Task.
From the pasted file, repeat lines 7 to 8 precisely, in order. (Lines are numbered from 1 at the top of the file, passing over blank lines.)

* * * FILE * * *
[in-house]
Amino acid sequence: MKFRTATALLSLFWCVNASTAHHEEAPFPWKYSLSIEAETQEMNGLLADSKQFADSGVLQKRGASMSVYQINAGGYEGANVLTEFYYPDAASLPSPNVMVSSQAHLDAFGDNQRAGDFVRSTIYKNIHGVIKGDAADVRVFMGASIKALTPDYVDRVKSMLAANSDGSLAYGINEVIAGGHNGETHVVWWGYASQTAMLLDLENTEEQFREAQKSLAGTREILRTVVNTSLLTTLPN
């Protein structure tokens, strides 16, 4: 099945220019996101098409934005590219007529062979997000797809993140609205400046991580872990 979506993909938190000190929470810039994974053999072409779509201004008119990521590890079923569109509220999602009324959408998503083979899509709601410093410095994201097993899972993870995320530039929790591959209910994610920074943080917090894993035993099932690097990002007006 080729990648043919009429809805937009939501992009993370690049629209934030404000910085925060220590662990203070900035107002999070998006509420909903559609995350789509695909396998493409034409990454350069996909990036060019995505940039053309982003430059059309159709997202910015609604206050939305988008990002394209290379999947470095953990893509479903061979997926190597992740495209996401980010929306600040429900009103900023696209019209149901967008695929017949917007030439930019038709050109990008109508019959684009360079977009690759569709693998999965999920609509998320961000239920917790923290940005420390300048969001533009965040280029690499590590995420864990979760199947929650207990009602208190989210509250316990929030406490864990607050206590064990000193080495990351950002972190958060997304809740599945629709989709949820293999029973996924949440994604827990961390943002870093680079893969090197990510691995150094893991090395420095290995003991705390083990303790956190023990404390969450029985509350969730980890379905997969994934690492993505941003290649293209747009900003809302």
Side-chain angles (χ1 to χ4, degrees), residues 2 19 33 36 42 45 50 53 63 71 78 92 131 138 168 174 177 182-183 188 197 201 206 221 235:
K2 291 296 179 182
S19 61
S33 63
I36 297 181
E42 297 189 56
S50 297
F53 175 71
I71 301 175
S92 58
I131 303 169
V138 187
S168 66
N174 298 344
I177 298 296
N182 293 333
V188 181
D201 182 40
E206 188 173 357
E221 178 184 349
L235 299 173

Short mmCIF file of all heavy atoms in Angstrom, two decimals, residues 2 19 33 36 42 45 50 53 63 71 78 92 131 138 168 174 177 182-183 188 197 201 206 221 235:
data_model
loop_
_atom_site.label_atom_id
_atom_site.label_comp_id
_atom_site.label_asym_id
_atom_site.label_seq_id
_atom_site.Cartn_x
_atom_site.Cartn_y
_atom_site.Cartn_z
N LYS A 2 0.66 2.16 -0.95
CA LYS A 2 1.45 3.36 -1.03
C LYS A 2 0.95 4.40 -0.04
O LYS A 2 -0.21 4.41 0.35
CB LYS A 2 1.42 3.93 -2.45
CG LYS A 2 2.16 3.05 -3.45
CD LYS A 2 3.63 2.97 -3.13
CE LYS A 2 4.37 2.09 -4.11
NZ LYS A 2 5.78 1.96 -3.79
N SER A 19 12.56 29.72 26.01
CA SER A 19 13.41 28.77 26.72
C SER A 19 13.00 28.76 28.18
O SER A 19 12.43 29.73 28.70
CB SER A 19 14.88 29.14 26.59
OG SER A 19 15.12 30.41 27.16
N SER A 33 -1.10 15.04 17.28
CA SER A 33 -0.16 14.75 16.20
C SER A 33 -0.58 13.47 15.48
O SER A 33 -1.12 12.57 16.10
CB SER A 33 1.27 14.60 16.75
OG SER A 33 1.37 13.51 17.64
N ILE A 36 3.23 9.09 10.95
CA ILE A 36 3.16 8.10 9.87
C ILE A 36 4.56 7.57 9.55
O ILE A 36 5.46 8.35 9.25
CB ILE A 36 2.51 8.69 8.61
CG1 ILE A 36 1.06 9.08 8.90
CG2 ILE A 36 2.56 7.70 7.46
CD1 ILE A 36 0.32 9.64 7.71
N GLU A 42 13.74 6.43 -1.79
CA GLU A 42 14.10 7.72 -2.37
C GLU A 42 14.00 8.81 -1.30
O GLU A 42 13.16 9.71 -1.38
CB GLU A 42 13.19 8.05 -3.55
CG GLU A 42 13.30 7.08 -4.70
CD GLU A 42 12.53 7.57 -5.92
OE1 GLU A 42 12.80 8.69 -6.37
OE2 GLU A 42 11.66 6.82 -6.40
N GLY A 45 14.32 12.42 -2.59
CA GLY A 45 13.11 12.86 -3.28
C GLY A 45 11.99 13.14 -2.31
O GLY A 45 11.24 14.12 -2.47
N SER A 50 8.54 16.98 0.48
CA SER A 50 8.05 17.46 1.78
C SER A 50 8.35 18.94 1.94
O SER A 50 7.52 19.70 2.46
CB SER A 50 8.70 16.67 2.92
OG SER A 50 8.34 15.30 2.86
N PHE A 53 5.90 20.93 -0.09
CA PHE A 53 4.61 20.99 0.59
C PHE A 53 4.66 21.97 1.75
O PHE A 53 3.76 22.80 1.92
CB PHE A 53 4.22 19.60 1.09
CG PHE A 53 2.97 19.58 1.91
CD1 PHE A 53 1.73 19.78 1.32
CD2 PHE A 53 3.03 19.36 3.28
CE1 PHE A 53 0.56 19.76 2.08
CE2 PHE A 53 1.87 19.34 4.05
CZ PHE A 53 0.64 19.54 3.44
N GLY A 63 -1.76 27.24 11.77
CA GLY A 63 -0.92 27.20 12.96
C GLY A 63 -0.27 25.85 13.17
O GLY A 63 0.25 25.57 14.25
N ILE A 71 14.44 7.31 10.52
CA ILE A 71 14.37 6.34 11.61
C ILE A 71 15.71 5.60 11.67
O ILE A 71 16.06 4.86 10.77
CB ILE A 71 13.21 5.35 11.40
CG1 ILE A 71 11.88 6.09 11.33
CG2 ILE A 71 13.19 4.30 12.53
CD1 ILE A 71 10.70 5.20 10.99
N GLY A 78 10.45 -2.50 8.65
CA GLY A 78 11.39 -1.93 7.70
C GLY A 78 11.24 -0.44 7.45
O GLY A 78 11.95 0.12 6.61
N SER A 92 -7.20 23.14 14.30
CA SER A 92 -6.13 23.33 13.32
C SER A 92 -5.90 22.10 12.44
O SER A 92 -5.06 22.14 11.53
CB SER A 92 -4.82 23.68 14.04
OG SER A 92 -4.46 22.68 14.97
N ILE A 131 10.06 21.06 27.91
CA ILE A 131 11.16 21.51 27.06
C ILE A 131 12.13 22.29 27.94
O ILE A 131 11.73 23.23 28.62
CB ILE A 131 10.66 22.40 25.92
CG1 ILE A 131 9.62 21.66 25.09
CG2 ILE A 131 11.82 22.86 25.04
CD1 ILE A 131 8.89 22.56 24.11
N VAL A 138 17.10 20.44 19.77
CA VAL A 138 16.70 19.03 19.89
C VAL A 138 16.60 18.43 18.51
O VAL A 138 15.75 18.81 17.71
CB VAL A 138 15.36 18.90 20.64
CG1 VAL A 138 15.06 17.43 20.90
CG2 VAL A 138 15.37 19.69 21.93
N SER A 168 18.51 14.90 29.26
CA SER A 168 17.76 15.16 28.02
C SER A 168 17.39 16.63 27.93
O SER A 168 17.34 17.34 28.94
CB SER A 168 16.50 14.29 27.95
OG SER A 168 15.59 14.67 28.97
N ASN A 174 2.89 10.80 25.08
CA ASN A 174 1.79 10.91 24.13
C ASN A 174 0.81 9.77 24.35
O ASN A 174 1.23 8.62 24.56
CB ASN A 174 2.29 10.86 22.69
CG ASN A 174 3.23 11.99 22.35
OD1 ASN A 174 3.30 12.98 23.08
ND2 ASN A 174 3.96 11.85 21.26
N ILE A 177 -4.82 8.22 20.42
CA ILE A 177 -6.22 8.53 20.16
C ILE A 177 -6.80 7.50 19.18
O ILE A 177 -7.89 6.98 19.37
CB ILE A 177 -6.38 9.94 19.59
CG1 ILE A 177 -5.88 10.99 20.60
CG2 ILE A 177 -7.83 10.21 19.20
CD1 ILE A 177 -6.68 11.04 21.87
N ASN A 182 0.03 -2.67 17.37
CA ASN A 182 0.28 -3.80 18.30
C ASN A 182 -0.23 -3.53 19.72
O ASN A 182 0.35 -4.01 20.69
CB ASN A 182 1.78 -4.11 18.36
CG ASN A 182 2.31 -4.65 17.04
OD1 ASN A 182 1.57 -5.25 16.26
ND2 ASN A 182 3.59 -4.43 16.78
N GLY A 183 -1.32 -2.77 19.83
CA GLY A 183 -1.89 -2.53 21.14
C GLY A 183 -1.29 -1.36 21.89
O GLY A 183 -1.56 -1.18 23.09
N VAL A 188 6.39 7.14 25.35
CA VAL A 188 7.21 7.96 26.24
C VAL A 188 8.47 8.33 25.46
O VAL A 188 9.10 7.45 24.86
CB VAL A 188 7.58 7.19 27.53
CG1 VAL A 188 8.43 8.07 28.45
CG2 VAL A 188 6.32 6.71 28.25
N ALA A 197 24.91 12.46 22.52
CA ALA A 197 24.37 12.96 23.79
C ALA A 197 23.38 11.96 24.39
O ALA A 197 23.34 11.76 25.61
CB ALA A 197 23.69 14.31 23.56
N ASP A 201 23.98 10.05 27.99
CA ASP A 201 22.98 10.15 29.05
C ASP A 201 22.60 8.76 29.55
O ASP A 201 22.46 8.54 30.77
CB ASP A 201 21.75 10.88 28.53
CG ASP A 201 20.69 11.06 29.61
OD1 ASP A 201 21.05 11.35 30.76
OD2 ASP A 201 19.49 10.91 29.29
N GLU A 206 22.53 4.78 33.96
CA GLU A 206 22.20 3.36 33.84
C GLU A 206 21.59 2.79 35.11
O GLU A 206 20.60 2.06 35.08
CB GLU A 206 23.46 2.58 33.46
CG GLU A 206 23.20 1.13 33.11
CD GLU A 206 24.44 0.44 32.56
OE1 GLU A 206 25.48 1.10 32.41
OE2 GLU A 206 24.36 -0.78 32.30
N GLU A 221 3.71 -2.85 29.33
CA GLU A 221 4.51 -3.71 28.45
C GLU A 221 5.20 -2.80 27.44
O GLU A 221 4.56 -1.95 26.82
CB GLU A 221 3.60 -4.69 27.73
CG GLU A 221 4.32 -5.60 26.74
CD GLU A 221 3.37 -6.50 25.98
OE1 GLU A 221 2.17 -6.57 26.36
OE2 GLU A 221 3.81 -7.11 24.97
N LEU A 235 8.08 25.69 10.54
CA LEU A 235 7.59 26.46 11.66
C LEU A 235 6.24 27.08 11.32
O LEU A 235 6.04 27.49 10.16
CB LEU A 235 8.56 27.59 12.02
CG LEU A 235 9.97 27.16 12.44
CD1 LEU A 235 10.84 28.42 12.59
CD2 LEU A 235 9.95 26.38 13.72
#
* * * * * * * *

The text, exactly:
S33 63
I36 297 181